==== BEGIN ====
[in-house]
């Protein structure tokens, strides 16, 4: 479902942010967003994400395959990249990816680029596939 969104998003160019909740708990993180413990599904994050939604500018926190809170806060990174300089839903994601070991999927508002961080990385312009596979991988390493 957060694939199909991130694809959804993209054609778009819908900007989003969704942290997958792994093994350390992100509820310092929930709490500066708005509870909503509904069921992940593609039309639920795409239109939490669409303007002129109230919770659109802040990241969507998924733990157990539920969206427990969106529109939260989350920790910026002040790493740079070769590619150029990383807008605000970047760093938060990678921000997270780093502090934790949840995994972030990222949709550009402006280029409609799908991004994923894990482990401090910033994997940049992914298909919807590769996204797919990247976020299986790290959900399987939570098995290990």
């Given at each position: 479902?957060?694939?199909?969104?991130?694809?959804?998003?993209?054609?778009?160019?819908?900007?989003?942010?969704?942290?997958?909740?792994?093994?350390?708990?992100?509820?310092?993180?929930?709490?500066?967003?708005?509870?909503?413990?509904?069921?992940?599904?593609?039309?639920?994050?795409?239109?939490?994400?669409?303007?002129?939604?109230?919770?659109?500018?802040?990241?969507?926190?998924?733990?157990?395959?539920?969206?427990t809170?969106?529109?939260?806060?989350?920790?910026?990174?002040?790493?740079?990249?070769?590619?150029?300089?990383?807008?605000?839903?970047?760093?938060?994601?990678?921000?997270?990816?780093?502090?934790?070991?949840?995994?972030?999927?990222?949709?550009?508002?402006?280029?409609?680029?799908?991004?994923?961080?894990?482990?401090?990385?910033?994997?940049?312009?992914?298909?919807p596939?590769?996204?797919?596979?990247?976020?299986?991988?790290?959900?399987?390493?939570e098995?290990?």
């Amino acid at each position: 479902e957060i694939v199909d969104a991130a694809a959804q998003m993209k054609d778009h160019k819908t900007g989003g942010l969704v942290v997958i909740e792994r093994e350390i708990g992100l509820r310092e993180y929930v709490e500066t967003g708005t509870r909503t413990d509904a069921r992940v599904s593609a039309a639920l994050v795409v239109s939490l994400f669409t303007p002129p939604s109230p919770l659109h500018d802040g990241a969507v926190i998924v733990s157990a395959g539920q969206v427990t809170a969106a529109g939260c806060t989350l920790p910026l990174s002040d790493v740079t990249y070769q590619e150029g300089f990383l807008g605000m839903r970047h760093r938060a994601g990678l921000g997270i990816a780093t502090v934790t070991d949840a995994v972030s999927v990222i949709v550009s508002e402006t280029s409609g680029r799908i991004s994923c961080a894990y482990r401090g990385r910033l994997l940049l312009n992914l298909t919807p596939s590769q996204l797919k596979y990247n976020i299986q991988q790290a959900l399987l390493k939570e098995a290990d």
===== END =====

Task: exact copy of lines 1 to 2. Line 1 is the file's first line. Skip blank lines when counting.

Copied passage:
[in-house]
């Protein structure tokens, strides 16, 4: 479902942010967003994400395959990249990816680029596939 969104998003160019909740708990993180413990599904994050939604500018926190809170806060990174300089839903994601070991999927508002961080990385312009596979991988390493 957060694939199909991130694809959804993209054609778009819908900007989003969704942290997958792994093994350390992100509820310092929930709490500066708005509870909503509904069921992940593609039309639920795409239109939490669409303007002129109230919770659109802040990241969507998924733990157990539920969206427990969106529109939260989350920790910026002040790493740079070769590619150029990383807008605000970047760093938060990678921000997270780093502090934790949840995994972030990222949709550009402006280029409609799908991004994923894990482990401090910033994997940049992914298909919807590769996204797919990247976020299986790290959900399987939570098995290990």